Atmospheric Combustion Rig


Current research

Past research

Combustion Tunnel

The experimental setup is designed for versatility and ease in conducting different types of combustion experiments. The setup is powered by an air blower providing air supply at atmospheric pressure through a by-pass in the chamber for controlling the air flow and also decoupling any external disturbances in the air from the experimental setup. The air then passes into a rectangular mixing chamber from the bypass chamber into a rotameter through a 4″ circular pipe and has a transition pipe to connect the circular pipe and rectangular duct. In the mixing chamber, the air mixes with the gaseous fuel, which comes from an angled pipe. The mixing chamber has a 2:1 contraction zone and a total length of 50 cm, which allows sufficient residence time for better fuel-air mixing. At the flanges, on both side of the mixing chamber, fine wire screens are used to prevent flashback and reduce large scale turbulence. Following the mixing chamber, a rectangular duct of cross section 10 cm x 8 cm, is used to straighten the flow. This duct has a K type thermocouple mounted into it, for measuring the test section inlet temperature. The mixture then flows into the test section through a metal plate which has a slit of required shape and area of 4 cm2 to allow the flow. This metal plate has a fine wire mesh welded onto it to prevent flashback. Test section is 30 cm long and has three optical windows made with quartz for optical diagnosis. Following the test section is a long circular exhaust pipe, which decouples the setup from external disturbances and has large air dilution ports to avoid overheating.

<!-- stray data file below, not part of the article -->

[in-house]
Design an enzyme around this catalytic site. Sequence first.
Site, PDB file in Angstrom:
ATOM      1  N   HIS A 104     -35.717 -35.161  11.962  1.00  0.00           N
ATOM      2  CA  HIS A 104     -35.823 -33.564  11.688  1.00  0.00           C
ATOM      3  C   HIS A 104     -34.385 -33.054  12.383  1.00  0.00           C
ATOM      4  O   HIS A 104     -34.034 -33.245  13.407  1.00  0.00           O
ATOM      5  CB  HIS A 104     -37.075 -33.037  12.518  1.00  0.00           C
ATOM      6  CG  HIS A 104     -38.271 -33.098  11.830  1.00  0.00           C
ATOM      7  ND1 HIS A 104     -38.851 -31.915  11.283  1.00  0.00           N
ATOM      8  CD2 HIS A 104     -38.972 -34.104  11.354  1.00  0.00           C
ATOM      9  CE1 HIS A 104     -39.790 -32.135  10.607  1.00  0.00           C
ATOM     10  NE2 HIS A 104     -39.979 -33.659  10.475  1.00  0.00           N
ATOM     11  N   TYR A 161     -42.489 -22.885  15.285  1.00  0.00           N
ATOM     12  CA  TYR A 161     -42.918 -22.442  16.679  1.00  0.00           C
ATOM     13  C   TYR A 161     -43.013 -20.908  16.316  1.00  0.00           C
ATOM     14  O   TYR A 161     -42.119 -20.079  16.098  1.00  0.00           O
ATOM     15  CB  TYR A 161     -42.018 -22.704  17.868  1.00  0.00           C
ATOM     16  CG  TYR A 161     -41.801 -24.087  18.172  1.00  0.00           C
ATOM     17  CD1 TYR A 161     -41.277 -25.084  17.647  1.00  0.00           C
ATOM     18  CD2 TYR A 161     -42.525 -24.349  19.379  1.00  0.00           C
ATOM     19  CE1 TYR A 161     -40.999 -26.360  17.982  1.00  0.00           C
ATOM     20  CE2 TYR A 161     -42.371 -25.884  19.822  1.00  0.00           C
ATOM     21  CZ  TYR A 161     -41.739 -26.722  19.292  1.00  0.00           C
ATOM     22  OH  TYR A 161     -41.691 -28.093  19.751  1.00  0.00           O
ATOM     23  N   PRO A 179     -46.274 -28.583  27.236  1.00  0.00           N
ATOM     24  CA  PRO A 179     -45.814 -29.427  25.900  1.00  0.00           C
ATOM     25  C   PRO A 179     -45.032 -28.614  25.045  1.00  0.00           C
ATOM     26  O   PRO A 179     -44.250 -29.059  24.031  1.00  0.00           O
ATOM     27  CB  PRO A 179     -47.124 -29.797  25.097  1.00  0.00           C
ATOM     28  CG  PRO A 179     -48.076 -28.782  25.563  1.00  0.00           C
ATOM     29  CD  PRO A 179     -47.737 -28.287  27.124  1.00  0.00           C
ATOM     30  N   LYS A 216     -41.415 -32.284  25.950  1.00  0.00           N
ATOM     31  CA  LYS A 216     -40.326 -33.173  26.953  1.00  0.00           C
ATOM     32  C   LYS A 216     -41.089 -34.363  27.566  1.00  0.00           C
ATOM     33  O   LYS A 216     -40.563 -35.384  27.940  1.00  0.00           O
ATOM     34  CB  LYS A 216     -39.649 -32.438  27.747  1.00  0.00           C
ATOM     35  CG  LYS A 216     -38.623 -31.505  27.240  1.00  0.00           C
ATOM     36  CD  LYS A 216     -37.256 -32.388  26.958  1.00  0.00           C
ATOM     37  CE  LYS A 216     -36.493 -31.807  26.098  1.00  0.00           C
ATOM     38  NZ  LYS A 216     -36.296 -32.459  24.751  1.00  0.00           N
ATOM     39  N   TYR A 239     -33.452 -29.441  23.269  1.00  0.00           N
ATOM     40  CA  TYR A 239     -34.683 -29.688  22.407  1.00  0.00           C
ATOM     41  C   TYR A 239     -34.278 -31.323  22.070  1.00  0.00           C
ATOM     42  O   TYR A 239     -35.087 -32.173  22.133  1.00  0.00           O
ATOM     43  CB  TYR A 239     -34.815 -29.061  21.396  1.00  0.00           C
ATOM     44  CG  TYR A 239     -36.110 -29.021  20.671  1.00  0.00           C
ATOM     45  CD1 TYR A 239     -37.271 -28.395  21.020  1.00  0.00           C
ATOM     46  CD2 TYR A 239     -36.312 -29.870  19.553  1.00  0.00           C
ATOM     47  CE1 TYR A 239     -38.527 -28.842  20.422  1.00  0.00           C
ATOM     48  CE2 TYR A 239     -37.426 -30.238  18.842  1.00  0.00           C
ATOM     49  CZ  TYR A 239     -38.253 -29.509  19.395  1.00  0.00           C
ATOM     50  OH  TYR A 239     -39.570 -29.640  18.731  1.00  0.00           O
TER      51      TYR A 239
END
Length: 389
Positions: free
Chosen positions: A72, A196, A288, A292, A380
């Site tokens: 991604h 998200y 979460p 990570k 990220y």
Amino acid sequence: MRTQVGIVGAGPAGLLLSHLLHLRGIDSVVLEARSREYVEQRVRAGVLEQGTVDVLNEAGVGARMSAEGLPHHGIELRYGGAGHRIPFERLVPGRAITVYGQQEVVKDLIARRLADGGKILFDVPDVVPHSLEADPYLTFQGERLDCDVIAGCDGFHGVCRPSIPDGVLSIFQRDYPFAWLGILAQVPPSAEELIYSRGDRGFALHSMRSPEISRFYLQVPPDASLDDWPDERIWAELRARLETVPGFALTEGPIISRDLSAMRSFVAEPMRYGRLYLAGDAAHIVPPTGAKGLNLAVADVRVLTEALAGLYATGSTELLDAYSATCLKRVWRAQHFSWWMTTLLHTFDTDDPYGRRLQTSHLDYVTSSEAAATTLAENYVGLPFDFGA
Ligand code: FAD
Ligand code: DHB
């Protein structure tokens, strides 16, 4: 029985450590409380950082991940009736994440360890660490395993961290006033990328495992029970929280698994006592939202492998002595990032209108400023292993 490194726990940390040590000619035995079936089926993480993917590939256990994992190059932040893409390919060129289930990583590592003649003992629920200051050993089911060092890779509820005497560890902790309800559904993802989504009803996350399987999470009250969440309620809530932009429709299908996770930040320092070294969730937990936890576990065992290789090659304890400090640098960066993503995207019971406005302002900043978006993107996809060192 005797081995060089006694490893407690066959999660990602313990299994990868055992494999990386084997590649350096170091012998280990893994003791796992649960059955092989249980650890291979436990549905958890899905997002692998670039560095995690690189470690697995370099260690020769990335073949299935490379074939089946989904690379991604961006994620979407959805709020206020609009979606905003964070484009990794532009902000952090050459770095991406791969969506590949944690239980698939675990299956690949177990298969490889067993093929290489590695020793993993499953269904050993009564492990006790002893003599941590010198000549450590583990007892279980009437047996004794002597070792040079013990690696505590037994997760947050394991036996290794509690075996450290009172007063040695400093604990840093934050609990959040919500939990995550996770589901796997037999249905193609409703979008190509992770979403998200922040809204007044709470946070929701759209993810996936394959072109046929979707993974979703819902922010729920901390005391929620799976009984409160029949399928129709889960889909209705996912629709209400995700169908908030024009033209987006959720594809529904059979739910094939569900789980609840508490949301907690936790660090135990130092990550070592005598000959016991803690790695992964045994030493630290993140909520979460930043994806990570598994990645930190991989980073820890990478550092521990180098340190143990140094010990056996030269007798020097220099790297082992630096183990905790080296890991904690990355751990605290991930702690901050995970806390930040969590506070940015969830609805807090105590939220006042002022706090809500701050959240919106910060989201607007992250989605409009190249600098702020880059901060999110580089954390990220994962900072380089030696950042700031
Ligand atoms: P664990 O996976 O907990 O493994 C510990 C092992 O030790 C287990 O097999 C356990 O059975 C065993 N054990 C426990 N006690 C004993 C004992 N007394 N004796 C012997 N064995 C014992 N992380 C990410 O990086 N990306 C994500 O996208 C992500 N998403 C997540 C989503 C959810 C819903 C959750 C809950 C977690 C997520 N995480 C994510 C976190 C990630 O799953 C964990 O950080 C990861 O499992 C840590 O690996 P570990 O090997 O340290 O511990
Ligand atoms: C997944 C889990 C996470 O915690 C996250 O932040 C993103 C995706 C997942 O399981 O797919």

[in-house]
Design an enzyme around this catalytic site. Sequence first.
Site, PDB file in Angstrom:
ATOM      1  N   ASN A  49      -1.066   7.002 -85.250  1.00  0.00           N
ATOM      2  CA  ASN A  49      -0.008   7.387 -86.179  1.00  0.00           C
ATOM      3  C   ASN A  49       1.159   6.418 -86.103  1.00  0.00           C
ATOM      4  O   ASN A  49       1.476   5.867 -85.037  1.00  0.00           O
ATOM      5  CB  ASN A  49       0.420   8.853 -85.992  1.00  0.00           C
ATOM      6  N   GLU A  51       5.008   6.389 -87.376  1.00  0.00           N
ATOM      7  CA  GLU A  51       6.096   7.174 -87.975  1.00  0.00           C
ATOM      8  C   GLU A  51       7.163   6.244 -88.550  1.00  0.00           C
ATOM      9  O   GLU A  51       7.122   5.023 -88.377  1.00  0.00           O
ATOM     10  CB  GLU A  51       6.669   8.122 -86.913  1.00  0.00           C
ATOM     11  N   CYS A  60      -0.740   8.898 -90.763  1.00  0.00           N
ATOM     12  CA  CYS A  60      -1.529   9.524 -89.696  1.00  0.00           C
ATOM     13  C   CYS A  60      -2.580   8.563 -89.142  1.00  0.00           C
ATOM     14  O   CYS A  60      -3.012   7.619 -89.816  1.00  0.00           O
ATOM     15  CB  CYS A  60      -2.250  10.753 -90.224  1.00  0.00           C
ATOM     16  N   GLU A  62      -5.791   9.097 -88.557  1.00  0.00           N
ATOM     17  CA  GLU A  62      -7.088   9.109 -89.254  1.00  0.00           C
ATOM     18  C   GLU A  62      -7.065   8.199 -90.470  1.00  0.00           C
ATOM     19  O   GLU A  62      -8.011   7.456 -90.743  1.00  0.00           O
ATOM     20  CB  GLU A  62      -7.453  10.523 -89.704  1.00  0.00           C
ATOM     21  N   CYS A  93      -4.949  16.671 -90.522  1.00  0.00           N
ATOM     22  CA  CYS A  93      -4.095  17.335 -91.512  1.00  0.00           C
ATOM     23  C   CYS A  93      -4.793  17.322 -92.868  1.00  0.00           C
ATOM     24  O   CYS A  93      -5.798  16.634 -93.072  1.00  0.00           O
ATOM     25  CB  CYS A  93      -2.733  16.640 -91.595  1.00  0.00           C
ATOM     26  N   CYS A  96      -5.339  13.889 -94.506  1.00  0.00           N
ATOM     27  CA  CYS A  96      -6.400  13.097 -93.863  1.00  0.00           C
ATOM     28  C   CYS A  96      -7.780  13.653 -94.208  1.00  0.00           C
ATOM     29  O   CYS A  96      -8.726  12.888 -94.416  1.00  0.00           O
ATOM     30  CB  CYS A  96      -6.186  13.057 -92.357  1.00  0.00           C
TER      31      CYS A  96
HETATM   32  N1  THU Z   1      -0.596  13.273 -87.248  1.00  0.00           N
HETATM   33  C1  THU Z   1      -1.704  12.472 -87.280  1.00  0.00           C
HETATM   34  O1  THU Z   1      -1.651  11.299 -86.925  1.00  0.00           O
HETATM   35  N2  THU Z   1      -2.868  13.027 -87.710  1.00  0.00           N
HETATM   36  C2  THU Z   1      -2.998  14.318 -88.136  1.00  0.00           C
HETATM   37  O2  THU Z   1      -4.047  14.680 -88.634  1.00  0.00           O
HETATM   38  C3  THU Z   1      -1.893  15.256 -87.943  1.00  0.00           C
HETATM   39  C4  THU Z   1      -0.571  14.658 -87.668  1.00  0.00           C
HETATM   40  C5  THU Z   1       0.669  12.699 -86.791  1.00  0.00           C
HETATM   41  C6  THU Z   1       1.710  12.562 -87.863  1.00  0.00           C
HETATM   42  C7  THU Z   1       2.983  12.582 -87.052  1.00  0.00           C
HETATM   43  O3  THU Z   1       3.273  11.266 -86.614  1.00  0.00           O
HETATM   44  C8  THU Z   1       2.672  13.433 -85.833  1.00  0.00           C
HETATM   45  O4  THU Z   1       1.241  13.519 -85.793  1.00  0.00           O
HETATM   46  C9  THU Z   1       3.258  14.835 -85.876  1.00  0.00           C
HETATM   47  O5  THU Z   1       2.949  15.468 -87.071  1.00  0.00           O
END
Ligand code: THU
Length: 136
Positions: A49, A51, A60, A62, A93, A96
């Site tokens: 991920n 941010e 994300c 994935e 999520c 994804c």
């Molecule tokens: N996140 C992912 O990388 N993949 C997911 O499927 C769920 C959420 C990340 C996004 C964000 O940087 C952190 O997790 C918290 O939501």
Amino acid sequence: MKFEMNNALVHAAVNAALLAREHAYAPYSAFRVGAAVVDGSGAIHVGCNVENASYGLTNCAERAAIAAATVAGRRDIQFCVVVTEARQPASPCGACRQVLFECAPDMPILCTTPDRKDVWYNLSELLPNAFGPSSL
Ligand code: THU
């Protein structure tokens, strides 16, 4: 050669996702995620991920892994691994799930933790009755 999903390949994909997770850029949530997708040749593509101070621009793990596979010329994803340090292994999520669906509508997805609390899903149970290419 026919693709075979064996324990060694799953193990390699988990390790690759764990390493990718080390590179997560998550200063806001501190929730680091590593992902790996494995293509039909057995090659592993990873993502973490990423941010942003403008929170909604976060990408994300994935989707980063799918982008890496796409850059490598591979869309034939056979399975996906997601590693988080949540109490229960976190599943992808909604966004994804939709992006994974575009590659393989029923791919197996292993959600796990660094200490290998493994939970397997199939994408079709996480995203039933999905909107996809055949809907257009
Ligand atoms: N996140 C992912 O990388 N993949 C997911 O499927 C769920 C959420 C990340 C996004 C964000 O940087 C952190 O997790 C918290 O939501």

Mass Flow Rate of Air: 20 – 200 LPM at NTP

Flow rate of Fuel:  0.1 – 10 LPM

Inlet Area: 4 cm2

Range of Combustion chamber velocities: 1 – 8 m/s

Instruments and Measurement Techniques: Rotameters for flow rate, K-type thermocouple of temperature. Shadowgraphy, PLIF and High speed imaging optical techniques

Completed Research

Comparative study of Dump Combustor with Non-Circular Inlets: Different inlet geometries are compared to find which is most effective in improving combustion issues in a lean premixed dump combustor. Also, the effect of different geometric parameters like perimeter, number of corners, elongation effect and symmetry are studied, to determine which of these parameters are most dominating and what happens if we do not use them. LPG is used as the fuel.

Future Research

Effect of reactive combustion gases on film cooling, with applications in high pressure turbine (HPT) blades.